She was sounding very happy and energetic and told me excitedly that she was going to spend two weeks with my sister Alison in Tasmania because “she didn’t get to spend Christmas with me”.  I should point out that never in her life had she rung me to let me know that she would be gone for two weeks because she was spending time with my sisters. She would regularly fly to north Queensland and Tasmania where they lived and not once during those years did she let me know she was going, she and my father simply left.  Now all of a sudden it was imperative for her to give me a heads up.  I was floored, but also angry.  I was facing her usual game of one-upmanship. Not only did she exclude us from her family Christmas, but she was letting us know that her visit to my other sister was because she didn’t get to attend Christmas.  My mother was going out of her way (clearly not the grieving widow at this point) to fly all the way to Tasmania on her own in order to visit the poor dear who did not get the chance to be in her presence for the holidays.

I was not going to let this go.  I called her on her hypocrisy and her response was ‘Are you jealous?’.  I remember totally wilting at this come-back.  Of course that was what it was all about.  She wanted us to not only feel rejected but to be jealous of the other children who were being given ‘normal’ treatment.  I made the sarcastic rejoinder ‘Yes, Mum, I must be jealous’.  It completely went over her head.  She brightened up after this and said that she would have a coffee with me when she got back.  No comment about her grandchildren or my husband, it was me she was trying to get at.  So I made her promise.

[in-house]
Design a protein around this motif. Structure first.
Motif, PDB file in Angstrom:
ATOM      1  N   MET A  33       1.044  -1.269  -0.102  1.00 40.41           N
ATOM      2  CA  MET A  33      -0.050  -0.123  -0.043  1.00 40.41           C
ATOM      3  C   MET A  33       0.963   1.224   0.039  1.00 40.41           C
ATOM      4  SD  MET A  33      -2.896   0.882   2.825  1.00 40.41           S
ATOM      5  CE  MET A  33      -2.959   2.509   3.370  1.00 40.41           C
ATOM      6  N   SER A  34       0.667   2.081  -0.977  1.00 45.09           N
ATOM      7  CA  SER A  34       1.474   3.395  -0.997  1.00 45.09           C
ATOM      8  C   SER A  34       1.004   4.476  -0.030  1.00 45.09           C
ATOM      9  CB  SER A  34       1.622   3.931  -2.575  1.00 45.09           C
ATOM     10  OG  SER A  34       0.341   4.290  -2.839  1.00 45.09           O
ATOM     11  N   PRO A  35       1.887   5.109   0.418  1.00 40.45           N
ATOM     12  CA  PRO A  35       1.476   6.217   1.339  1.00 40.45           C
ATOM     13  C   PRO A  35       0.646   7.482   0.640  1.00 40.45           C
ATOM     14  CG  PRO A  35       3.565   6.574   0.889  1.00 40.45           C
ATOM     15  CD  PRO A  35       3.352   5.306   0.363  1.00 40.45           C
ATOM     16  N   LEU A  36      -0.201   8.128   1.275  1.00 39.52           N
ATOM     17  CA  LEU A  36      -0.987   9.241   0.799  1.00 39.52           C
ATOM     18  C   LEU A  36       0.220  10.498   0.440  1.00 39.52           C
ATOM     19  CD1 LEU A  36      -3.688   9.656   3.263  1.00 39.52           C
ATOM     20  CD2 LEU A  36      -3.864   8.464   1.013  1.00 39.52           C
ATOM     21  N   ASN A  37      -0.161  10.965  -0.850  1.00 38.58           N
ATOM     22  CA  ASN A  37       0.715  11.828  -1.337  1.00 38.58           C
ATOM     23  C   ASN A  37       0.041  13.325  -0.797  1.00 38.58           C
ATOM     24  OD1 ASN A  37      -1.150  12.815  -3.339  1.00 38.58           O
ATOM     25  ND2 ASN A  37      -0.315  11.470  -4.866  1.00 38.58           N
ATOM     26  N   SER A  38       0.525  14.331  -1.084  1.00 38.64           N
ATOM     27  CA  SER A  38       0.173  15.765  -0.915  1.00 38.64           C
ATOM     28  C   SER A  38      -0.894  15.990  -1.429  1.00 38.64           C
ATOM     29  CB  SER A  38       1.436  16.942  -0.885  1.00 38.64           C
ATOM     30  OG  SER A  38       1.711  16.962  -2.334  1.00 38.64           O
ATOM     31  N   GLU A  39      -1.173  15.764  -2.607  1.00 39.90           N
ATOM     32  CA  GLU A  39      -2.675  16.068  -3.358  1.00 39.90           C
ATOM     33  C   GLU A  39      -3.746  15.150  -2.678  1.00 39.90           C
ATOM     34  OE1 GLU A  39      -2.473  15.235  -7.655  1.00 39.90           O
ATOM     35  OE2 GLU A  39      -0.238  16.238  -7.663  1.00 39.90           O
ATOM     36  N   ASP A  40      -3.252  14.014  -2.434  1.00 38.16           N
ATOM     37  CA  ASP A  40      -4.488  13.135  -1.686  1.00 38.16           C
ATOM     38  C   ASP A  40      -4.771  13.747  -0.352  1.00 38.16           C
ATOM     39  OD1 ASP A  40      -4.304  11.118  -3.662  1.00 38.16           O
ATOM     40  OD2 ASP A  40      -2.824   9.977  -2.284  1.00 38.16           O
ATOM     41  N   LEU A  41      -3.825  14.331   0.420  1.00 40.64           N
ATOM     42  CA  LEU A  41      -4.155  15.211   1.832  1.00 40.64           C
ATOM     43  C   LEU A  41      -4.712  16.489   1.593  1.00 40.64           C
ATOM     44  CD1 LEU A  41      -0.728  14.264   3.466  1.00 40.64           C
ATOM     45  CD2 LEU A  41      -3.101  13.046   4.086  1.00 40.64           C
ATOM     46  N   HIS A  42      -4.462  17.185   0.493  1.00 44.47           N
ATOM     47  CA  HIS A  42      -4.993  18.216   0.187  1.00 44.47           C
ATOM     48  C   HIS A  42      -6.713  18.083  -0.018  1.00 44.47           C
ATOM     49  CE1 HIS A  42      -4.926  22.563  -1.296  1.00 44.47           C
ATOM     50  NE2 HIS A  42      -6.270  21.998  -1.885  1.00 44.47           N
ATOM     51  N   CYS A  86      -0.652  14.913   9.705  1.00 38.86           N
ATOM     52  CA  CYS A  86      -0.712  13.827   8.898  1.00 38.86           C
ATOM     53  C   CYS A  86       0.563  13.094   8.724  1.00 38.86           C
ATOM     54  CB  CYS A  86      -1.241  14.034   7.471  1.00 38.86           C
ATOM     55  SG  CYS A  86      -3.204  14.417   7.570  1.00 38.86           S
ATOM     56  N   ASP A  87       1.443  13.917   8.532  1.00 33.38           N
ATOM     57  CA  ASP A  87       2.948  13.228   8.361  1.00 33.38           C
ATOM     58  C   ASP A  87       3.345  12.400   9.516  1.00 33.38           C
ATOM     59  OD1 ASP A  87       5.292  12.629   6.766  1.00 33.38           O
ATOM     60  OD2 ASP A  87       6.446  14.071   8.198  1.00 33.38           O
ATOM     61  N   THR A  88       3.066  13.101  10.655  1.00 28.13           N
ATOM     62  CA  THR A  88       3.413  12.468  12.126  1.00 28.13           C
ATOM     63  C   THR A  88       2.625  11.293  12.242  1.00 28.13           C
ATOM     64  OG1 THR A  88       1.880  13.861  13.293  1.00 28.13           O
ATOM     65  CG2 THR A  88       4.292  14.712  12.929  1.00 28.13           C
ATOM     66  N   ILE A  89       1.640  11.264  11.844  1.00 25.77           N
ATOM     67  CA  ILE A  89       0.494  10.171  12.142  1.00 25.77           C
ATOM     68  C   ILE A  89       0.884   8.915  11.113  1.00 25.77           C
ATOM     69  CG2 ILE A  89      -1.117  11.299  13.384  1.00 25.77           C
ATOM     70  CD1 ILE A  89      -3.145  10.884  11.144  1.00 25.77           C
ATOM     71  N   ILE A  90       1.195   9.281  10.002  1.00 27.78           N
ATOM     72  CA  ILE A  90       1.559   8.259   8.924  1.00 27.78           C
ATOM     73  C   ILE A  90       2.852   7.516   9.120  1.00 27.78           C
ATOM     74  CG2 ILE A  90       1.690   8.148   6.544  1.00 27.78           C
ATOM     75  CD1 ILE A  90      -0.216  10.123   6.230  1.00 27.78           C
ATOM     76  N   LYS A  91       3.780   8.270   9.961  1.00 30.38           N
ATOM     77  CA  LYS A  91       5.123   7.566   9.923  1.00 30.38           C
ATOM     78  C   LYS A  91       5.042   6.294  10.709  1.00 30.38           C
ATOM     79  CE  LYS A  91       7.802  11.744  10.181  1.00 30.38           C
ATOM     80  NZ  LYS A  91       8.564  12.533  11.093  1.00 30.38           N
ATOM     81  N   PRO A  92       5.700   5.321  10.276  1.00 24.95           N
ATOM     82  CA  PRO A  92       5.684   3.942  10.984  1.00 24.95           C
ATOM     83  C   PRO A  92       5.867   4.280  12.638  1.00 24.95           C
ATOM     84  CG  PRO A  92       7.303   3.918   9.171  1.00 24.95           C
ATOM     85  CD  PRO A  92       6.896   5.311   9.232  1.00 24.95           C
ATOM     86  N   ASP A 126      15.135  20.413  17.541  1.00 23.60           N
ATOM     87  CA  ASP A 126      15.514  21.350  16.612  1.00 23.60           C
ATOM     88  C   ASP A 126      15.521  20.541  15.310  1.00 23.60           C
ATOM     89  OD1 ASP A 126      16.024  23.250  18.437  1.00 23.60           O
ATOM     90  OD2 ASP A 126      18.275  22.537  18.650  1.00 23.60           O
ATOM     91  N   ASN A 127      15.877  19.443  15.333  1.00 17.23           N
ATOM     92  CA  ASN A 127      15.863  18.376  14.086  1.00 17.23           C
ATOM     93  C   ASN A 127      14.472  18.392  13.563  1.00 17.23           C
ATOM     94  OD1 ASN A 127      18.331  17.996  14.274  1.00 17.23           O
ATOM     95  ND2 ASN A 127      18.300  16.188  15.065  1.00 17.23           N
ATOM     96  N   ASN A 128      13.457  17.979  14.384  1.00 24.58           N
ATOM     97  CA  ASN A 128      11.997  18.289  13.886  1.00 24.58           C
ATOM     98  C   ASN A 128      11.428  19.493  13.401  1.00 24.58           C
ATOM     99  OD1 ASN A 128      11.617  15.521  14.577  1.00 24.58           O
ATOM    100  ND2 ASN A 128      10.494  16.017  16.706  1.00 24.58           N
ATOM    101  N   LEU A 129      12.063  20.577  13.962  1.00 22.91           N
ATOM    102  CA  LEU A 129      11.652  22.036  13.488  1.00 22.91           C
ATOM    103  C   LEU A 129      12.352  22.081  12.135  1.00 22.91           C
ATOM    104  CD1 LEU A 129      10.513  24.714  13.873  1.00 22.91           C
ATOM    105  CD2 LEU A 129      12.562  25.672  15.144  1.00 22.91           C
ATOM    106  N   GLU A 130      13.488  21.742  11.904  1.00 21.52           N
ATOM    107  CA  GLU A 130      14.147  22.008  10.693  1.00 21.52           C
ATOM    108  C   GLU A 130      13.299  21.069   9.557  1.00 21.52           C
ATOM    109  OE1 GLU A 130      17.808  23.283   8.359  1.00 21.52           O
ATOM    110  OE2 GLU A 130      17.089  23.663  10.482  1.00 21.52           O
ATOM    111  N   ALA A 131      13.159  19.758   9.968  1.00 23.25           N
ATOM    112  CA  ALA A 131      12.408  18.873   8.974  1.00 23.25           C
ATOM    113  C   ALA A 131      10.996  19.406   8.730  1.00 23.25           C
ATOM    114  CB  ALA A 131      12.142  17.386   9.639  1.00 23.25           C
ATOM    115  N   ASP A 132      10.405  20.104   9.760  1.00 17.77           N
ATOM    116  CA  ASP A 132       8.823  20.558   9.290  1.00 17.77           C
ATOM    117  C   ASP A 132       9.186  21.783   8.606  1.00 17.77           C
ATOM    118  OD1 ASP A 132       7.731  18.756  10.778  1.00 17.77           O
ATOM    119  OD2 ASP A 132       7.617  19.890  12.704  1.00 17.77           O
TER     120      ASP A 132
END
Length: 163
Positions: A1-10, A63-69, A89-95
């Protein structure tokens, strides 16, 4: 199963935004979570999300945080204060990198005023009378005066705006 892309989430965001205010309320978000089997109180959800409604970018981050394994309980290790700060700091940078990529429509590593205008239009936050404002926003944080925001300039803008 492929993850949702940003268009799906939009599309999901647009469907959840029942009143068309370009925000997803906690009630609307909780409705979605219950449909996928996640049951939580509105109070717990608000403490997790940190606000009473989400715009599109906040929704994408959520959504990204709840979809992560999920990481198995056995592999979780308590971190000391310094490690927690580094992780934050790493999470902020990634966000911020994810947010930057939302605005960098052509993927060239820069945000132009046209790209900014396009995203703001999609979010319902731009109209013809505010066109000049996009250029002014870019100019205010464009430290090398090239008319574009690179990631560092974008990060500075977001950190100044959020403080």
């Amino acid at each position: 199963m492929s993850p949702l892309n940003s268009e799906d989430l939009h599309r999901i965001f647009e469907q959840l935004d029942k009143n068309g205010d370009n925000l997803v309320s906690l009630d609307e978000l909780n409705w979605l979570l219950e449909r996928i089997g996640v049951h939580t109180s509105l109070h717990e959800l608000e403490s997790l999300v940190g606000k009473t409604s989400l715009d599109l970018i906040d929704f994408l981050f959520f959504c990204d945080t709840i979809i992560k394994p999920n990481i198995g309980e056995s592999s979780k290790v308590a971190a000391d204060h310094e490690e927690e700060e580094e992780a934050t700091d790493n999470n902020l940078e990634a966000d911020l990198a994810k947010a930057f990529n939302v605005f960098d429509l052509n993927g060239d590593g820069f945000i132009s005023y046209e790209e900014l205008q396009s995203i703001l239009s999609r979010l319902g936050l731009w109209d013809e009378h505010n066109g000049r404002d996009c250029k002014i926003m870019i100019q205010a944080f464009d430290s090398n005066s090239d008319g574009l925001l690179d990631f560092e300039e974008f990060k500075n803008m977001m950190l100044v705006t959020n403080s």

A couple of weeks after she returned I rang her up to organise having a coffee together.  Over the next few weeks I got every type of excuse from ‘its too hot’ (as though coffee shops don’t have air conditioning), to she wasn’t well.  Eventually however, I got her to agree to a day.  We spent approximately an hour together, she was visibly uncomfortable and clearly not enjoying herself the whole time and I felt like a total idiot.  Why try and force your own mother to do things with you when she clearly is not interested.

Narcissistic mothers however don’t make it this simple.  They swing from being ‘normal’ to being vicious and sadistic and you will never know when the swing will happen because they are experts at picking the worst possible time to turn on you. Then when they do turn on you, they will make sure you know that it is your fault.

 

 

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About steveandanitabrady

Married for 28 years, been believers for over 40. Three adult kids who love the Lord and witness for Christ at work, uni, wherever they are. A family which went from briars to myrtle, from thorns to Cypress because God sought out the lost sheep and found us naked and ashamed, and brought us back to His side.

One thought on “Waking Up To Abuse – Don’t get sick or die

  1. WOW! That is very dysfunctional indeed! I sense that if it hadn’t been your wedding, they would have found something else to turn their backs on you and your husband.
    I’m glad you have your husband to be with you through it all…

    Like